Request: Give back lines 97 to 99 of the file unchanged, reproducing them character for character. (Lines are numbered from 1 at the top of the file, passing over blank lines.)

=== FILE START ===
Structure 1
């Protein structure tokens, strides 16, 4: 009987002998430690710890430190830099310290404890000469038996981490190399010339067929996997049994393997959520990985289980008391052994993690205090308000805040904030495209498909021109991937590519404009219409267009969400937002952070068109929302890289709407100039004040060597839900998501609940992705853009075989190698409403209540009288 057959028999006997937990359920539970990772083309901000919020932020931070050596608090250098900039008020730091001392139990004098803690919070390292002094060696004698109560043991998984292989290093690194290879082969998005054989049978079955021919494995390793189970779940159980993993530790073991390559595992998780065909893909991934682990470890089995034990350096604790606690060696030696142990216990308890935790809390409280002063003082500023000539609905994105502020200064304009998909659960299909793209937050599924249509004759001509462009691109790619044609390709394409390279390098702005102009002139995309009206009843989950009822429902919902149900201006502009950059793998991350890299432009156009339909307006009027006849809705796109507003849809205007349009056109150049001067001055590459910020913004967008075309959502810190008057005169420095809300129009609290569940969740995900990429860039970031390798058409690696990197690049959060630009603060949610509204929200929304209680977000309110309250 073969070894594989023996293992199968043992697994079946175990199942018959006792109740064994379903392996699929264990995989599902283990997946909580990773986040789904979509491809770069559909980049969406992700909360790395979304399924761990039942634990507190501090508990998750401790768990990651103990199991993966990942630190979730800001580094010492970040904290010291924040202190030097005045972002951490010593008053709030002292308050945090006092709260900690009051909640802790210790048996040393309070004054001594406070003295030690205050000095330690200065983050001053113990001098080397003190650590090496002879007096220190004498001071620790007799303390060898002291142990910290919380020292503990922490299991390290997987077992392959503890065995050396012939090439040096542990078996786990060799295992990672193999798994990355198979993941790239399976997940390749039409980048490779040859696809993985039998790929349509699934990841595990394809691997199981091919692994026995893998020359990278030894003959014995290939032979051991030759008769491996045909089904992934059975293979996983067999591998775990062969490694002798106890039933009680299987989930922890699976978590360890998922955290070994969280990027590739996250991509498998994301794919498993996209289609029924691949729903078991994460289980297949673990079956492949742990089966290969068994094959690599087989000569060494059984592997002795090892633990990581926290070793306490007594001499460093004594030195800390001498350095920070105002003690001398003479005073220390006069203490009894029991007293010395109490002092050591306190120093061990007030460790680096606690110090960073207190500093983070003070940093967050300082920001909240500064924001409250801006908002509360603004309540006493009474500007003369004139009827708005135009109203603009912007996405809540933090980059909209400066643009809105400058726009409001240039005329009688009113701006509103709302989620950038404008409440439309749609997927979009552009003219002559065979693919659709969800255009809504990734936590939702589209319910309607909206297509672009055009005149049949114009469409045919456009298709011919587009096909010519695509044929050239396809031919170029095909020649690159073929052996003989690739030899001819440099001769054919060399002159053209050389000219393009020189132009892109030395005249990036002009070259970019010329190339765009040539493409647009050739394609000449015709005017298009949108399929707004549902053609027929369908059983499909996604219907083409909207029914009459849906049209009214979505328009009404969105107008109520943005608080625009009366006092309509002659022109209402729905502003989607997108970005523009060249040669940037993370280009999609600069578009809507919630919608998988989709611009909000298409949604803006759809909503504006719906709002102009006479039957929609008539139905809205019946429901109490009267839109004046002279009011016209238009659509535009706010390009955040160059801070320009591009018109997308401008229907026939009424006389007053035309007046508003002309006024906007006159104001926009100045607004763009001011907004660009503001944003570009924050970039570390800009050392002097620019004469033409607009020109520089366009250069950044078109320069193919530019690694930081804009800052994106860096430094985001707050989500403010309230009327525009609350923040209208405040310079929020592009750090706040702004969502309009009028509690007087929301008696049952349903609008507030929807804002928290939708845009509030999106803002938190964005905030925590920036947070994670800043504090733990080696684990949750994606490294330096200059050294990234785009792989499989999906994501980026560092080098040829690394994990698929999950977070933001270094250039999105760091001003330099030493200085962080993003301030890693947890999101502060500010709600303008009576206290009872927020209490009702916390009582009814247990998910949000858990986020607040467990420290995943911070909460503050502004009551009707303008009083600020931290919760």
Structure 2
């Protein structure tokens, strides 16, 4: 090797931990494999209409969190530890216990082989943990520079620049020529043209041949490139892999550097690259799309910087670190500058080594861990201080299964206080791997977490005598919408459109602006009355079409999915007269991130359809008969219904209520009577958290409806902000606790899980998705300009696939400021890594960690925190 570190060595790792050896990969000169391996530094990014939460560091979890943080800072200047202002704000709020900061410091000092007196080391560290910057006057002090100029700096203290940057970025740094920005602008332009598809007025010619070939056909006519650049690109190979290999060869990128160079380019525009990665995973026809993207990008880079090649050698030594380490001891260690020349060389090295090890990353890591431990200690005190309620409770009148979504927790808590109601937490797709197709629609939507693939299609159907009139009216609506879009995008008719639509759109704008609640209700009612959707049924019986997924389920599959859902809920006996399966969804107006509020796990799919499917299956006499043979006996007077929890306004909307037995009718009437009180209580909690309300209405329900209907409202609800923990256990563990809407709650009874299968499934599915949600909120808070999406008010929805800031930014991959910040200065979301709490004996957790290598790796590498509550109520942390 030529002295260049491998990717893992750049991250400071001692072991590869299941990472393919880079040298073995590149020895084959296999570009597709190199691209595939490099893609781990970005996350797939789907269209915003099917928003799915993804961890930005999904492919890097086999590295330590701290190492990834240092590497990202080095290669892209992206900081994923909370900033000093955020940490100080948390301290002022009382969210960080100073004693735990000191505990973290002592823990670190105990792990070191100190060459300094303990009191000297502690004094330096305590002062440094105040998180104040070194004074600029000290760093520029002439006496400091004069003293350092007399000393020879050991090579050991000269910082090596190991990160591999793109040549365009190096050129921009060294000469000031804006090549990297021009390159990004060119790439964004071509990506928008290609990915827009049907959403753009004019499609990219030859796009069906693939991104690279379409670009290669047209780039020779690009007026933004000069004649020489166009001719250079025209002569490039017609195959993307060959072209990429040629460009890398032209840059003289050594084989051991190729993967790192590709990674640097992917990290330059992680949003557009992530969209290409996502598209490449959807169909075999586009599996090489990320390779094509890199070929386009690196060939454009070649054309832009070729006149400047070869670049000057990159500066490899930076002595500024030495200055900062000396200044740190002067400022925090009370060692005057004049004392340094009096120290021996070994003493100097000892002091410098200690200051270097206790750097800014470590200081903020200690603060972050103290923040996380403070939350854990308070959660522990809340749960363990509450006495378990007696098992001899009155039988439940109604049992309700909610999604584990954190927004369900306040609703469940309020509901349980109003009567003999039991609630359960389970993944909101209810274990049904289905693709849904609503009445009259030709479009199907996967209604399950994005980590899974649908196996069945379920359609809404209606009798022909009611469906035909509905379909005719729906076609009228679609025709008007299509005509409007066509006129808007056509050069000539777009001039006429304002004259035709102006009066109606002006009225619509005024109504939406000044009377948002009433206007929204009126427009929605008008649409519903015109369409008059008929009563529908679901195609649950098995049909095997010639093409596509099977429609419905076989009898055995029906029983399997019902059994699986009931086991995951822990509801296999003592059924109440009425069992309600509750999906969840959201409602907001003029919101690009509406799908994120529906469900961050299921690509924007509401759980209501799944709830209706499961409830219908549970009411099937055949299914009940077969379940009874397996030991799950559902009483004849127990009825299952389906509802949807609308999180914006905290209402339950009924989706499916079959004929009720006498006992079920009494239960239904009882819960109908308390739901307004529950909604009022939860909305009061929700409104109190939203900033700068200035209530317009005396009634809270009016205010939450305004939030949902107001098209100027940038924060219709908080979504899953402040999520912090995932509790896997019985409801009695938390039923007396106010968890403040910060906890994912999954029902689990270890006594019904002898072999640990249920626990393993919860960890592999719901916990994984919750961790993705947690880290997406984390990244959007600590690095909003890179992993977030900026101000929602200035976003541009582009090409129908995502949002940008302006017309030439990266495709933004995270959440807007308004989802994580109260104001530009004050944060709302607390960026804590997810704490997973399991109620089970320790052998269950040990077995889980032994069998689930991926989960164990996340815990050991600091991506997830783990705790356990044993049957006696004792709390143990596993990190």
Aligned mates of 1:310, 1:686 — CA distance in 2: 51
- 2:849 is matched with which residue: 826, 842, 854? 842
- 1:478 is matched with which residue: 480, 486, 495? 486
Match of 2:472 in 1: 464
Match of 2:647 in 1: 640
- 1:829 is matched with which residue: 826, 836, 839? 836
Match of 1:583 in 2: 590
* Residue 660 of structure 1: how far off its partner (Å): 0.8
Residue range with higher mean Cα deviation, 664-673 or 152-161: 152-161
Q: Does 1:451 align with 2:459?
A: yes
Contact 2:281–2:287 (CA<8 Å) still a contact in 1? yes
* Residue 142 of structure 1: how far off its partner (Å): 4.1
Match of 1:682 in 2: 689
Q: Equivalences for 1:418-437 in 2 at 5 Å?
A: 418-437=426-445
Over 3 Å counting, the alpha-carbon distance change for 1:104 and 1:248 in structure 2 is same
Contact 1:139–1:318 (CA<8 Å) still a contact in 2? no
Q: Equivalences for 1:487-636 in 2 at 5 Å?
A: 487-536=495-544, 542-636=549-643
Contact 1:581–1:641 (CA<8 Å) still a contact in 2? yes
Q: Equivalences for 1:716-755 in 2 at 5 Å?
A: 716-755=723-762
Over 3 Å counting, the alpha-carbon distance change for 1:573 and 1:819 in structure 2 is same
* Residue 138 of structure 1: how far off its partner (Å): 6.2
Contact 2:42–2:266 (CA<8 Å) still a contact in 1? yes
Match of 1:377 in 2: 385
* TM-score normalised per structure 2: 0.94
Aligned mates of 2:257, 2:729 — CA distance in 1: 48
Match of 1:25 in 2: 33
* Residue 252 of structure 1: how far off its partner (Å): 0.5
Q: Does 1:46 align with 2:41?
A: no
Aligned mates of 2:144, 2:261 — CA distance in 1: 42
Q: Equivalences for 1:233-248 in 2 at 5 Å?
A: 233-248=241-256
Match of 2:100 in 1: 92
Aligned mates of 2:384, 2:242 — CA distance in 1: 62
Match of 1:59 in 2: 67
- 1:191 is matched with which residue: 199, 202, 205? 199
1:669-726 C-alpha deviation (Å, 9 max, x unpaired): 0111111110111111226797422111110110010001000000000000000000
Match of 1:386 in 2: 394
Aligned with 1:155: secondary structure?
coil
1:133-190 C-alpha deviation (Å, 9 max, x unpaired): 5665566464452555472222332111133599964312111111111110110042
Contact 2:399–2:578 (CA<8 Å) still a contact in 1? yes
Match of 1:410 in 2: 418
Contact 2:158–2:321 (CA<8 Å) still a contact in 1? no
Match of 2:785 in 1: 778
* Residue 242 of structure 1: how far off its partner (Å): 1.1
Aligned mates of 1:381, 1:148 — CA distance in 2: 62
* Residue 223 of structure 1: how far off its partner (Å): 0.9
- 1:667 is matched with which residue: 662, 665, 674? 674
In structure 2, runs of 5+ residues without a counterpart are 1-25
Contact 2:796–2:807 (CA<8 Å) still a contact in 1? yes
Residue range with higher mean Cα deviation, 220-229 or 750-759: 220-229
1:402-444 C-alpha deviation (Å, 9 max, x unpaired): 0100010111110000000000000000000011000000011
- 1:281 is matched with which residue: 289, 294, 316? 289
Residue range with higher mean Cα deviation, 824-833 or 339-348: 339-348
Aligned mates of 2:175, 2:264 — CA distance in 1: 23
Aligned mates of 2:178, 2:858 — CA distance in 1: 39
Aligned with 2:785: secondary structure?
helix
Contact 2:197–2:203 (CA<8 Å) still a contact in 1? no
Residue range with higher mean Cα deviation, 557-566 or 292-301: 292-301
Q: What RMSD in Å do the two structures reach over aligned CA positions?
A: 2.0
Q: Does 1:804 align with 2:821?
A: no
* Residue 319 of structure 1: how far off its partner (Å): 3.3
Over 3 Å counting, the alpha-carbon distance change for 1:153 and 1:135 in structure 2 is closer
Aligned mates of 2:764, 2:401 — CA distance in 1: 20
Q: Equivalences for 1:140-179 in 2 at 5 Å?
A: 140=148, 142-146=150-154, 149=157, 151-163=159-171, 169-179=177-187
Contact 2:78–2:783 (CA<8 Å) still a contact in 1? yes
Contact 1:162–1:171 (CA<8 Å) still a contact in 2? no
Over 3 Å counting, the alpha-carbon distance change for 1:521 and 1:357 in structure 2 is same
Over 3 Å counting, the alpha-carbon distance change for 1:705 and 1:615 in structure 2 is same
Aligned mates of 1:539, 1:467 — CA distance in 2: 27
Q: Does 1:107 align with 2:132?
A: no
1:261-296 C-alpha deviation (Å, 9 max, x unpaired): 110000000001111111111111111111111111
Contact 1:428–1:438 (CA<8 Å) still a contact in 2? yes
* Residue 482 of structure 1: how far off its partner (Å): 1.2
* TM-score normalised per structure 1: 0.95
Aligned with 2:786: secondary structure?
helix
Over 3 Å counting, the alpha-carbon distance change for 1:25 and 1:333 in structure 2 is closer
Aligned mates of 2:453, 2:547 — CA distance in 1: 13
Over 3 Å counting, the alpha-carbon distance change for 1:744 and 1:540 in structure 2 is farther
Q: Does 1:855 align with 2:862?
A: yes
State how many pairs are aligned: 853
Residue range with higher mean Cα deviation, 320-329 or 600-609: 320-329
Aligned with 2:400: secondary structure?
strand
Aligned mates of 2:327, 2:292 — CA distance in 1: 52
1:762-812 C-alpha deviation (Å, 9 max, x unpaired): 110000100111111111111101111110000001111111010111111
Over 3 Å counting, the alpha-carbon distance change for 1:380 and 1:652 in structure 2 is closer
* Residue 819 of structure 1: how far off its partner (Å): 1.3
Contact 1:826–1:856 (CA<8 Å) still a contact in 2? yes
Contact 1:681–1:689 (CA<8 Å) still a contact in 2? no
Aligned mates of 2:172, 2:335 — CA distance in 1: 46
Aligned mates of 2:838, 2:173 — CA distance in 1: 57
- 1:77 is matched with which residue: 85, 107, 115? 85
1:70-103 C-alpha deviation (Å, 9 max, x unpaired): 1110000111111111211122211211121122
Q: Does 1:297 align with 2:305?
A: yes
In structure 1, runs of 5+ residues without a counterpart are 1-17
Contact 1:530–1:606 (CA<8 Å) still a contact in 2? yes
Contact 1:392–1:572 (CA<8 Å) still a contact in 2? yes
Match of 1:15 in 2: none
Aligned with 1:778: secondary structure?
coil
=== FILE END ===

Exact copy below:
State how many pairs are aligned: 853
Residue range with higher mean Cα deviation, 320-329 or 600-609: 320-329
Aligned with 2:400: secondary structure?